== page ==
Northern Alberta Institute of Technology

'Preserving on Paper' a window into 17th century food, culture

Kitchen was a place of cooking, curing, reading and writing, says NAIT instructor

Kristine Kowalchuk was doing PhD research at the Folger Shakespeare Library in Washington, D.C. when she accidentally called up a manuscript from the storage vaults.

“I was just amazed to open it and see this handwritten collection of recipes from the time of Shakespeare,” says the NAIT instructor in the Bachelor of Technology in Technology Management program. “It immediately compelled me and I wrote a paper about it.”

That paper became her PhD thesis – an unconventional cookbook and social history of domestic life in 17th century England. The book, called Preserving on Paper, includes hundreds of recipes (or “receipts” as they were called at the time) for the food and medicines of the day.

Kristine Kowalchuk holds the book Preserving on PaperKitchen culture recorded by women

The book also provides a fascinating look at how women lived at the time, based on the contents of three receipt books: one from 1672 attributed to Constance Hall, one from 1675 attributed to Lettice Pudsey, and one from 1740 attributed to Mary Granville and her daughter, Anne Granville D’Ewes.

“Basically what we have here in these recipes is an oral culture in its first stages of being recorded,” says Kowalchuk. “The kitchen became not only a place of cooking and curing, but also a place of reading and writing and that was really a major step in terms of women’s literacy.” But it is important to note that women were already the experts and authorities in these areas, she adds.

The book includes familiar recipes for cakes, puddings and meat pies, albeit with much looser, intuitive directions than we use in today’s cookbooks. Measures like “a convenient quantity of butter,” and temperatures “as hot as you can” are common in the book.

Kowalchuk has maintained the original spellings and terminology, adding a glossary to explain some of the more perplexing ones like firkin (a small cask a quarter the size of a barrel) and glair (the white of an egg). The glossary includes many of the commonly used medicinal plants and herbs such as feverfew, devil’s-bit and pennyroyal.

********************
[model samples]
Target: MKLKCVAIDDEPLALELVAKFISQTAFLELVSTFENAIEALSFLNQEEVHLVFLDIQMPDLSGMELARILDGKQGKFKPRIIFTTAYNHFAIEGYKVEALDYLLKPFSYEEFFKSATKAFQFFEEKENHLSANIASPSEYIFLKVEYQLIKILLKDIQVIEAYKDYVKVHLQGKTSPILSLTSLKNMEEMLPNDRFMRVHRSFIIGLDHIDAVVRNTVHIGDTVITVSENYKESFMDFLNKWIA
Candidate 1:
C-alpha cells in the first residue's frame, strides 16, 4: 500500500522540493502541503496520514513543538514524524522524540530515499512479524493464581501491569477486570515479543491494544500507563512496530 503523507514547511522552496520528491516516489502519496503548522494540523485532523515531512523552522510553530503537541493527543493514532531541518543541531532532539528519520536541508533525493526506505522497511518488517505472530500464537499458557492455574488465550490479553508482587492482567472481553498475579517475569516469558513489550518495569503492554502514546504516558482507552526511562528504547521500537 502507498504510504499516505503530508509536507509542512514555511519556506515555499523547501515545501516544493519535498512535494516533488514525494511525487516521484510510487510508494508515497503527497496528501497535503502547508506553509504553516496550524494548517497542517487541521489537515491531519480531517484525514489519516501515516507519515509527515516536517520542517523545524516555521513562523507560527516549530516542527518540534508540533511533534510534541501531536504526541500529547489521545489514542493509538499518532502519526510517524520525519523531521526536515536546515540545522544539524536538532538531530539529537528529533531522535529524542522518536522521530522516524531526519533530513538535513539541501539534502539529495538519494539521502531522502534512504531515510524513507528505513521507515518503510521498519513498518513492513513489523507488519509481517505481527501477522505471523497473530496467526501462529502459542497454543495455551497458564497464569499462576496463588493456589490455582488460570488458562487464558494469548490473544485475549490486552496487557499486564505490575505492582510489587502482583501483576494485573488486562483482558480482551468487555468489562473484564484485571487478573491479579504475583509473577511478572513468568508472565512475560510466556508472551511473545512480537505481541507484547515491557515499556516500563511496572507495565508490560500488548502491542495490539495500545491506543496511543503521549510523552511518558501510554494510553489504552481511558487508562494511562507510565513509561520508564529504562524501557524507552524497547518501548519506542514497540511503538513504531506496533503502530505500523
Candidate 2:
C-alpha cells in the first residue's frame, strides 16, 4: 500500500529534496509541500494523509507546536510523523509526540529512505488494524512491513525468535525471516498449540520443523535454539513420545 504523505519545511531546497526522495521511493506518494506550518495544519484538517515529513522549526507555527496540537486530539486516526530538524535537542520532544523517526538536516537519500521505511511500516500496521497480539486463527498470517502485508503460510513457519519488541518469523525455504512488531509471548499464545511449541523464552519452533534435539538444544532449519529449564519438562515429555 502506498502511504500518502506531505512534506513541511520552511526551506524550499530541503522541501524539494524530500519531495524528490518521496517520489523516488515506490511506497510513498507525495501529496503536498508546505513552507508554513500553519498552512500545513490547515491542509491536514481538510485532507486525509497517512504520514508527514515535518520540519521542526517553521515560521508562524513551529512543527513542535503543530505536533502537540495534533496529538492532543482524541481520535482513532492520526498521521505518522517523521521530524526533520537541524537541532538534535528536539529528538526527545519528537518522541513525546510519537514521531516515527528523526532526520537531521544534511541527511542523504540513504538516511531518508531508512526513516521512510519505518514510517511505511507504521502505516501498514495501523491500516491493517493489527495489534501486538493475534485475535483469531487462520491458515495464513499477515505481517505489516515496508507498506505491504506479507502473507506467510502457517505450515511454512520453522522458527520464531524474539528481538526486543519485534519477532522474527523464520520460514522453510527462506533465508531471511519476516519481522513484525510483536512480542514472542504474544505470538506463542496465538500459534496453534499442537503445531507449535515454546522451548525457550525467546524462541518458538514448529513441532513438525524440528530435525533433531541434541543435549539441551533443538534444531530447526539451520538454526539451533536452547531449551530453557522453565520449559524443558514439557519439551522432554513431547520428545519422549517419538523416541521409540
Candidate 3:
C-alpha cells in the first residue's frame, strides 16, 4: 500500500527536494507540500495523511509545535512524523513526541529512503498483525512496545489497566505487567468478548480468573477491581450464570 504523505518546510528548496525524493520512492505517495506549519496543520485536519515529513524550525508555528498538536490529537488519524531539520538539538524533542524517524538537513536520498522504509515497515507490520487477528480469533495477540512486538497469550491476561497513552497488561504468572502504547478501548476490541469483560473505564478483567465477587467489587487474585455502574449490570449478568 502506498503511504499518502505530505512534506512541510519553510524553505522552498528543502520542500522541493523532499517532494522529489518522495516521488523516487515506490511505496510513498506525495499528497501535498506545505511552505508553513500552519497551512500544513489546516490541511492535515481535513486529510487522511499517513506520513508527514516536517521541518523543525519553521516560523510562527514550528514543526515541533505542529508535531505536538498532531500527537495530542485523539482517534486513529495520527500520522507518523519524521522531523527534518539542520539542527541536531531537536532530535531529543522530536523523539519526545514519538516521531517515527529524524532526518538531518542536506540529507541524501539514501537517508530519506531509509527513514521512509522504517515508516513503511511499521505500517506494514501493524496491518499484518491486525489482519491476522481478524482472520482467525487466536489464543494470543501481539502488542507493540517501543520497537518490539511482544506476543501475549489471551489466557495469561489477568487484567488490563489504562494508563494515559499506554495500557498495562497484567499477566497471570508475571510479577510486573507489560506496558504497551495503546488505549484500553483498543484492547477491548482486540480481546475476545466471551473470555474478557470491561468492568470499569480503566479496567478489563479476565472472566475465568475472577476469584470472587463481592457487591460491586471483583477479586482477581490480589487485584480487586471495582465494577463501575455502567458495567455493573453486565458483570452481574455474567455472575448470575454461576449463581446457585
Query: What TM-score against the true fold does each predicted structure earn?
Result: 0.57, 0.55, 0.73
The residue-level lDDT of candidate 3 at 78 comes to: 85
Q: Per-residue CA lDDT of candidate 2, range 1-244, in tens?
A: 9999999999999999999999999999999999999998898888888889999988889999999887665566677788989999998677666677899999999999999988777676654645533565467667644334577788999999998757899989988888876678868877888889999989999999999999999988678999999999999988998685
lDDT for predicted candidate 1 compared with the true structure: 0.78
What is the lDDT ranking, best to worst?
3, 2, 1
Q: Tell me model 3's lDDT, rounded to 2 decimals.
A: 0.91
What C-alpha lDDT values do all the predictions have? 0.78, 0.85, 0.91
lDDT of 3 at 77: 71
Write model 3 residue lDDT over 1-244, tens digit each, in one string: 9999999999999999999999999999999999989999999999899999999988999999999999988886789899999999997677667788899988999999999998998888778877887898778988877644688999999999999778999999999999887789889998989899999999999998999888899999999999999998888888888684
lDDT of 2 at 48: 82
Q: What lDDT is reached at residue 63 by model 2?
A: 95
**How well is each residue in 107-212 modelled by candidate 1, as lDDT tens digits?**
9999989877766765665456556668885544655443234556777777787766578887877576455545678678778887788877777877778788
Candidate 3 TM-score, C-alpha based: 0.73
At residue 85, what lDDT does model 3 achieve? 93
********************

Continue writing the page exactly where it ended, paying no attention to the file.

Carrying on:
Odd combinations

Some of the recipes might seem unappetizing to today’s palates, such as calves head pie or marrow pudding. Many include strange combinations of ingredients, like the egg dish that Kowalchuk made from the book, which included sugar, herbs and rose water.

“That just sounds so bizarre, but it actually tasted really lovely,” she says.

“There were so many people who came together to create these texts because that’s the way the culture was then. I see my own role now as a later contributor.”

She was also surprised by the diversity of herbs and wild plants that were used, particularly in medicinal remedies. The range of ailments the women aimed to cure is also fascinating – “a receipt for the dropsie,” “Mr. Bamber’s medicine for a horse that has the grypes,” “to take out the holes of the smallpox,” and “a water to cure pimples in the face” are just a few examples.

17th century dinner sold out

Recipes from Kowalchuk’s book, Preserving on Paper, were adapted by Michael Hassall (Cook '06), executive chef at Ernest’s, for a special, sold out dinner on Jan. 27, along with an introduction by Kowalchuk. Proceeds benefitted Food for Thought, a non-profit program providing food to hungry children in Edmonton schools.

Kowalchuk includes scans of some of the original pages of the manuscripts, to help the reader feel some of the same excitement and wonder she did at discovering the original pages. To read and understand those pages, she had to decipher the handwriting of the period, she says.

Each of the three receipt books contained more than 20 different peoples’ handwriting, a testament to how much the books were shared. Rather than individual authors, she sees them as contributors.

“There were so many people who came together to create these texts because that’s the way the culture was then. I see my own role now as a later contributor.”